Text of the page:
Vacating and remanding the District Court's decision, the court held that an accountant will be held primarily liable for violating Section 10(b) and Rule 10b-5 if it (1) makes a statement in its certified opinion that is false or misleading when made; (2) subsequently learns or was reckless in not learning that the earlier statement was false or misleading; (3) knows or should know that potential investors are relying on its opinion; (4) fails to take reasonable steps to correct or withdraw its certified opinion and/or the underlying financial statements; and (5) all other requirements for liability are satisfied. The court limited the implication of the Duty to Correct to only those statements that are made in the opinion and financial statements certified by an accountant. The Court stated that accountants do not have a duty to disclose information collateral to the statements of accuracy and financial fact set forth in the certified documents. In addition, the Duty to Correct applies only to statements that were false or misleading at the time they were made (whether or not an accountant making such statements was aware that such statements were false or misleading at such time). No Duty to Correct exists with respect to a statement that was true and correct when made, but became false and misleading upon the occurrence of subsequent events.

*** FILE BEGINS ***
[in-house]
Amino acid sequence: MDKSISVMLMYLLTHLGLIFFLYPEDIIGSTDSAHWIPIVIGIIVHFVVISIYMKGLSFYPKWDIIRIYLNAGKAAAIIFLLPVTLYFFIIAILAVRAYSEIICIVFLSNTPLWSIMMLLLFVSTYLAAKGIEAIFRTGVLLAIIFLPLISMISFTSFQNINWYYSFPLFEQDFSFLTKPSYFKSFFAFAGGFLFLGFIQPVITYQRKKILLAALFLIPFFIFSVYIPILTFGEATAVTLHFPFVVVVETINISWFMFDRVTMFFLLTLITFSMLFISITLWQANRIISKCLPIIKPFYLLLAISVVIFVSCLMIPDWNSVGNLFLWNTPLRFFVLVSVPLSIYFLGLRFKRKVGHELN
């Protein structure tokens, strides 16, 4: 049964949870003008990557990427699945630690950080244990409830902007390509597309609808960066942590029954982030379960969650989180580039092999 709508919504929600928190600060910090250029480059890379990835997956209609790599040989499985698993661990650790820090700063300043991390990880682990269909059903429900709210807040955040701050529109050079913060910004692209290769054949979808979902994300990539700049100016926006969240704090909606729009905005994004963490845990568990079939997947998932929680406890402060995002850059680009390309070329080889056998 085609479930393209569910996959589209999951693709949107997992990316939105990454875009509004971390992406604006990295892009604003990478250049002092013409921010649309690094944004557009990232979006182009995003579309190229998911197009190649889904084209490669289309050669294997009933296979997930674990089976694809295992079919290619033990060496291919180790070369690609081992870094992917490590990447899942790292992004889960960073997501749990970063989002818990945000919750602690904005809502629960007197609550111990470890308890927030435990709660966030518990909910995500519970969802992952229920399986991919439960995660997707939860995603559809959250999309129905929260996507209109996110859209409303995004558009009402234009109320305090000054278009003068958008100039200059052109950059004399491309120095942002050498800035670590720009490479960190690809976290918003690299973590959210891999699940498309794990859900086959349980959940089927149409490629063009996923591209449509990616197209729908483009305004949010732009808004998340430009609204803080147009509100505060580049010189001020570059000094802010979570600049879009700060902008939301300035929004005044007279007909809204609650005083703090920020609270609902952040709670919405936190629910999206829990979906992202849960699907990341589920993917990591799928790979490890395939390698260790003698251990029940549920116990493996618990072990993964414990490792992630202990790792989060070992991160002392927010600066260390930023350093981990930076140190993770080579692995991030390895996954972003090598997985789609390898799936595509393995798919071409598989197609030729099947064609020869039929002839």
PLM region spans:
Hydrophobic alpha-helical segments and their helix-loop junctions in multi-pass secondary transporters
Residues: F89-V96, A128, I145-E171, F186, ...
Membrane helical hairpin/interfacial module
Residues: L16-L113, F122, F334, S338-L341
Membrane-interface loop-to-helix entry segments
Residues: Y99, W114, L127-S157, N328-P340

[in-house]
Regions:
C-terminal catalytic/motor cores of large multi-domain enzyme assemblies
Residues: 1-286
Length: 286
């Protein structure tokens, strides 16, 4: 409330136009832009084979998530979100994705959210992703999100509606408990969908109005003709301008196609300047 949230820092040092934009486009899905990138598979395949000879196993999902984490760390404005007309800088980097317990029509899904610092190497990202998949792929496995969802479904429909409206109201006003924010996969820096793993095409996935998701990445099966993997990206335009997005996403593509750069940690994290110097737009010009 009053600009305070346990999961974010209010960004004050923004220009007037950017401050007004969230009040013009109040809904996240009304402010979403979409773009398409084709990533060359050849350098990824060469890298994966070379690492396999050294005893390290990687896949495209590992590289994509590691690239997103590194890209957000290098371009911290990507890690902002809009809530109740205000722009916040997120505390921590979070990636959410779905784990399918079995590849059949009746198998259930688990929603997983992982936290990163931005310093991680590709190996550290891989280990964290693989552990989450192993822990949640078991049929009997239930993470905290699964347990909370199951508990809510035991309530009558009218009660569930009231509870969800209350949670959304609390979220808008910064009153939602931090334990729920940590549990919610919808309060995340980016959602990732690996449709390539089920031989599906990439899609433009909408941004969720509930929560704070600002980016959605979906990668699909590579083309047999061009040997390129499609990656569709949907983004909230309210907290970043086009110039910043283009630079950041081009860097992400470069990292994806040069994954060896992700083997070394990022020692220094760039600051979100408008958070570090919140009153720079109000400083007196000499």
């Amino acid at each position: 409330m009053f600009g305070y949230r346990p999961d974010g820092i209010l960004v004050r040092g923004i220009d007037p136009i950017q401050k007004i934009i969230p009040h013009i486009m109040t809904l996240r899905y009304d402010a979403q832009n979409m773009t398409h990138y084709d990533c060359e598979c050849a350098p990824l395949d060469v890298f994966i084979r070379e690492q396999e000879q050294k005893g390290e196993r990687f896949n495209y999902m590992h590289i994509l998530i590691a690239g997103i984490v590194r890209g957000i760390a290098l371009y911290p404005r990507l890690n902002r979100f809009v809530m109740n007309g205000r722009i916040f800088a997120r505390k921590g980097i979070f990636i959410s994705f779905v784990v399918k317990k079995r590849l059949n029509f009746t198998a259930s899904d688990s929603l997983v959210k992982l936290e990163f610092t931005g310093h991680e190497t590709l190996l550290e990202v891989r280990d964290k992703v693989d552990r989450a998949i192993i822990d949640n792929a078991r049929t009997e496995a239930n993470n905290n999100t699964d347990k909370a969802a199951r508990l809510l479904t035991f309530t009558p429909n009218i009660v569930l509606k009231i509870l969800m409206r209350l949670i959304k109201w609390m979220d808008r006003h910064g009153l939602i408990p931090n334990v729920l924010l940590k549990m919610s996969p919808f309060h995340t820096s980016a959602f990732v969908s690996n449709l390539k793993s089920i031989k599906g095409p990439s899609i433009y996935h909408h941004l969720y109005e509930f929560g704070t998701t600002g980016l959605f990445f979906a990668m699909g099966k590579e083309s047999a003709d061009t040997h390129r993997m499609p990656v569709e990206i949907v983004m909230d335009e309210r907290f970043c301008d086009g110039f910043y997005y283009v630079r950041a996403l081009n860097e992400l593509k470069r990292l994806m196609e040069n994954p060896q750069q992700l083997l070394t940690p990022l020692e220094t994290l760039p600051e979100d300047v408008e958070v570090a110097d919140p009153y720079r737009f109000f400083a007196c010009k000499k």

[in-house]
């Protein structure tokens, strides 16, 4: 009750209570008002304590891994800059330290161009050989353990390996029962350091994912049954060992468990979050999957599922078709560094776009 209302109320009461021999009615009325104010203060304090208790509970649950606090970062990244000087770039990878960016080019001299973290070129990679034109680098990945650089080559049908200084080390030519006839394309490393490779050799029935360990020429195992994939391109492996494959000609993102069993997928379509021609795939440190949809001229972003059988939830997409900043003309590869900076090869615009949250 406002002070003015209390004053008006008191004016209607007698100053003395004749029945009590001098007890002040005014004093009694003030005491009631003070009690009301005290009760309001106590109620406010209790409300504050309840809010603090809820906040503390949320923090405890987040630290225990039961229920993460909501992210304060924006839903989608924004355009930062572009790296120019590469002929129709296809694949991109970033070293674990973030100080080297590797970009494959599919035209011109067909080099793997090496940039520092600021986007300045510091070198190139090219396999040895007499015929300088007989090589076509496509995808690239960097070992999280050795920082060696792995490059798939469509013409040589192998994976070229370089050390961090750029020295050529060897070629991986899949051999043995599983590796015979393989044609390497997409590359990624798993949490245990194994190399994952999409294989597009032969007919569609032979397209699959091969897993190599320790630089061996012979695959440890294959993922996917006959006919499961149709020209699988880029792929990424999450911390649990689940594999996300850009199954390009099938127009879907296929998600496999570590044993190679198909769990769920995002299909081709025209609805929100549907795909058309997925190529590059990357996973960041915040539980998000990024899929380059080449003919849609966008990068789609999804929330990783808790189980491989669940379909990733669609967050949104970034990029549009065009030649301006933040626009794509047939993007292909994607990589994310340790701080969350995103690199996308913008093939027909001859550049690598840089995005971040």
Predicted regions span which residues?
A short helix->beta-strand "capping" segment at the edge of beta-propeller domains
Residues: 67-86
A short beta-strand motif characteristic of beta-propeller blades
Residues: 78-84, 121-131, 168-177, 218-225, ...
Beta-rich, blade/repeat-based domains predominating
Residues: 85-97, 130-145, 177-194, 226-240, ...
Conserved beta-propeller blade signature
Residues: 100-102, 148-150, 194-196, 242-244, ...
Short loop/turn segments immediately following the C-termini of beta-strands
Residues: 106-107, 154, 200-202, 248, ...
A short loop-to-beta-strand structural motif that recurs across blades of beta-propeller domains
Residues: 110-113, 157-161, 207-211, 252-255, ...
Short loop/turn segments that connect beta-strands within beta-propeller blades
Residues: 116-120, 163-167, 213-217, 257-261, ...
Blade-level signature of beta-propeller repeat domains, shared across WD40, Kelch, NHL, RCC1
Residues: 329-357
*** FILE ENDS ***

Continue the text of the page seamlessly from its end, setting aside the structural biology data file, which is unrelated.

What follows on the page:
Overton v. Todman & Co., CPAs, P.C., 2007 U.S. App. LEXIS 4239 (2d Cir. 2007).
No D&O Coverage for Settlement Amounts Representing Misappropriated Funds
On March 14, 2007, a Florida Federal district court, applying New York law, held that the amount paid by a corporation in settlement of a lawsuit alleging violations of Section 11 of the Securities Act of 1933 was not covered under its directors and officers liability insurance policies because the settlement amount represented the sum of money the corporation had wrongfully misappropriated from its shareholders. This decision continues a trend in which the courts recognize that the disgorgement of ill-gotten gains through securities violations do not fall within a D&O liability policy's definition of "loss."
In explaining its decision, the court used a bank's innocent calculation error as an analogy. If the bank acquires funds from a customer by mistake, it must return those funds to the customer. It cannot then seek reimbursement of the funds through its insurance policy. According to the court, the same principles apply to a settlement agreement that requires a corporation to reimburse its shareholders for funds wrongfully acquired from them. Such funds, even if innocently acquired, cannot be a part of a loss claim tendered to an insurer. An insured cannot seek reimbursement from its insurer for something which it never owned—it cannot lose what it never rightfully had.
CNL Hotels & Resorts, Inc. v. Houston Cas. Co., No. 6:06-cv-324-Orl-31JGG, 2007 U.S. Dist. LEXIS 17904 (M.D. Fla. Mar. 14, 2007).
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Copyright © 2007 Herrick, Feinstein LLP. Corporate Quick Hit is published by Herrick, Feinstein LLP for information purposes only. Nothing contained herein is intended to serve as legal advice or counsel or as an opinion of the firm.